1. penguinteen:

    Today we welcome Wendy Wunder to the Penguin Teen Author Spotlight. Author of heartbreakingly wonderful (no pun intended) novel, The Museum of Intangible Things will make you laugh and cry, mostly at the same time, and we know that’s pretty much all any of us are looking for in a good book, right? Totes. (Plus, isn’t that cover one of the prettiest things you’ve ever seen?) Before you pick up your copy, take a second to hang out with Wendy Wunder!

    Name: Wendy Wunder  

    Novel: The Museum of Intangible Things

    Available: Now!

    Who’s your favorite author, living or dead? Girls: Jennifer Eagan, Karen Russel, Lorrie Moore, Louise Erdrich, Rainbow Rowell, Laurie Halse Andersen, Judy Blume, Wendy Wasserstein

    Boys: Junot Diaz, George Saunders, Michael Chabon, Jeffrey Eugenides, Dr. Seuss

    What’s your favorite thing about your book? The ending.  Not the events of the ending but the writing on the last few pages, I like.

    If you could spend one year on a deserted island with one character from literature, whom would you choose? Well the romantic answer would be Mr. Darcy or Rhett Butler, right? But I don’t think they’d have enough kick ass survival skills.

    The practical answer would be Katniss Everdeen because she’d know how to survive.  That’s what the girl does best. She avoids certain death.  She could build us a shelter and rustle us up some squirrel meat.

    The fancy, erudite answer would be Orlando.  Orlando by Virginia Woolf was one of my favorite books of all time.  I haven’t read it in a while but it chronicles the life of a soul who changes class and gender through time.  So it would be interesting to see which Orlando would show up or who Orlando would be today. 

    Where do you write? I write whenever and wherever I can.  I’m a little haphazard about it.  I used to have a space in Boston’s Writer’s Room, but I’ve given that up and sometimes use the Bates Room in the Boston Public Library instead. It’s a gorgeous, quiet space but the security guards are Very strict about carrying in beverages and one time one of them kicked me because I put my head down to rest my eyes. Sleeping there is strongly discouraged. 

    Who is your favorite hero or heroine of history? I enjoy Pocahontas and Sacajawea because they are native women that made it into history books.  I would love to read more about them from a native perspective.  I also like finding out more about Cleopatra and Mary Magdelene.. Both powerful intellectuals who did not get their due respect until recently.  I also have a thing about the Founding Fathers.  All of them.  I just think it’s fascinating that they had the foresight to create this document (the Constitution) and a system for interpreting it, so that it can constantly and fluidly grow with time and hopefully become more and more just and inclusive. ? hopefully.   

    Do you tweet? What’s the funniest thing you’ve ever tweeted? I think it was a picture of how my daughter secretly infiltrated my husband’s to do list.  He had written:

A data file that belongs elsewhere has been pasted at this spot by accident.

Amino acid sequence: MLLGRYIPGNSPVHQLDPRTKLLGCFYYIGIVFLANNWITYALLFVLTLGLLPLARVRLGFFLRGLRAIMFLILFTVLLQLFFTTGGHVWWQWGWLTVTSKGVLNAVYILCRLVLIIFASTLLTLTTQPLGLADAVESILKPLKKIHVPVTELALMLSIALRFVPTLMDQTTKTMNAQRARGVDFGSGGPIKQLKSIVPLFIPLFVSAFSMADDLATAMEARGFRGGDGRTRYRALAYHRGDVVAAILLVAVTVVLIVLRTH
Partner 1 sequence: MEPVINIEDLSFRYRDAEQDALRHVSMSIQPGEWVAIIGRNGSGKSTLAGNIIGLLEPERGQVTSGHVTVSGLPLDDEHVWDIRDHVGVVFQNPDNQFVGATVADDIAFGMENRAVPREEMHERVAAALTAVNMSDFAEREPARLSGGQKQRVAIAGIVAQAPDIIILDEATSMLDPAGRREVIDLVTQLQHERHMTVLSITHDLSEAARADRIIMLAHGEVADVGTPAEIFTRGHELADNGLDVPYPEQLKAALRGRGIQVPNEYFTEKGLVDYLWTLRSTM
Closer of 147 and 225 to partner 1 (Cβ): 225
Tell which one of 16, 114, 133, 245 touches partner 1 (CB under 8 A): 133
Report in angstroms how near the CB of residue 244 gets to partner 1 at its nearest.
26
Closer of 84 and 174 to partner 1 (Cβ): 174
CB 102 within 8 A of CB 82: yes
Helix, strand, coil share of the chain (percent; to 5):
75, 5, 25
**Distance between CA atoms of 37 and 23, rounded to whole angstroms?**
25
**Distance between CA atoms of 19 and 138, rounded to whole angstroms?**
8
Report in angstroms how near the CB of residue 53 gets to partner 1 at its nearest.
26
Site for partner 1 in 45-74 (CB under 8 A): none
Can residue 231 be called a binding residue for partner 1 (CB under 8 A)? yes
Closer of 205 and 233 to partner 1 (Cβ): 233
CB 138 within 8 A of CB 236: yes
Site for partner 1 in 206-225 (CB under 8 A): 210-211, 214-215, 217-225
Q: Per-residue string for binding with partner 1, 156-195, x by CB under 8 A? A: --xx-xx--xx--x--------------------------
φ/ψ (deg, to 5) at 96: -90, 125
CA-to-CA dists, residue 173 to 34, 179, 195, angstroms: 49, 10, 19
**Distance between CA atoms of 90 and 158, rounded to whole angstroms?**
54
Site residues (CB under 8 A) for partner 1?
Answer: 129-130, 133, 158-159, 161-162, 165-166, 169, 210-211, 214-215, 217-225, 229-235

“Get Tree Bag” (for disposal of Christmas Tree)

    And underneath it my ten-year-old wrote:

    “Get dog”

    “Get 1 pound candy”

    “Get 1 pound salami”

    Kids are funny.

    What is your favorite season? I love them all, which is one of the reasons I live in the northeast.

    If you could teleport anywhere in the known universe right now, where would you go? I grew up on a large lake and we were allowed to get a motorboat license at age 13. My friend and I would just ride out to some quiet cove, anchor, read and sunbathe.  I would love to do that right this very minute.  It’s been a long winter and I must replenish the Vitamin D!

    Do you have any writing rituals? No, but I think I should get some.  My writing lately has been happening in fits and starts and I think I would benefit from a routine.  I think I’m going to start getting up at 4 a.m. to write before the rest of the day gets in the way. 

    What is your idea of earthly happiness? Having enough money to take a vacation without feeling guilty about it.

    What is the best concert you’ve ever been to? I’ve been to a lot of them, because my dad was in radio, growing up and always got us free tickets.  But it would have to be Bruce Springsteen. As a jersey girl, I’ve been to MANY of these and the man leaves it all on the stage.  His music, live, is always a deeply moving nostalgic trip for me.  It’s the poetry of my youth. Have you listened to his lyrics?  The old stuff?  Rivals Dylan.

    What are you currently working on? A family dramedy that is a combination of Arrested Development, Parenthood, the Royal Tenenbaums and Infinite Jest.

    ………….

    Thanks, Wendy! We can’t wait to read what you have coming next!

    You can find Wendy on her website and Twitter.

    Add The Museum of Intangible Things to your “to-read” list on Goodreads!

    Purchase The Museum of Intangible Things from your favorite retailer.

  2. Cognitive Dissonance

    mikejung:

    I don’t know if what I’m about to rattle on about actually does involve cognitive dissonance, because I think the “contradictions” I have in mind may not be contradictory in a true sense.

    I’ve been actively, genuinely participating in the ongoing diversity dialogue for the first time, and this morning my attention was captured by a Twitter exchange between Kelly Jensen, Elizabeth Burns, Justina Ireland, and a number of other people. That exchange appeared to be sparked by Kelly’s Book Riot post about the need for bigger megaphones in kidlit diversity, and both the post and the ensuing Twitter conversation touched on the idea of being able to hold two very different, conflicting feelings about a book in one’s heart and mind.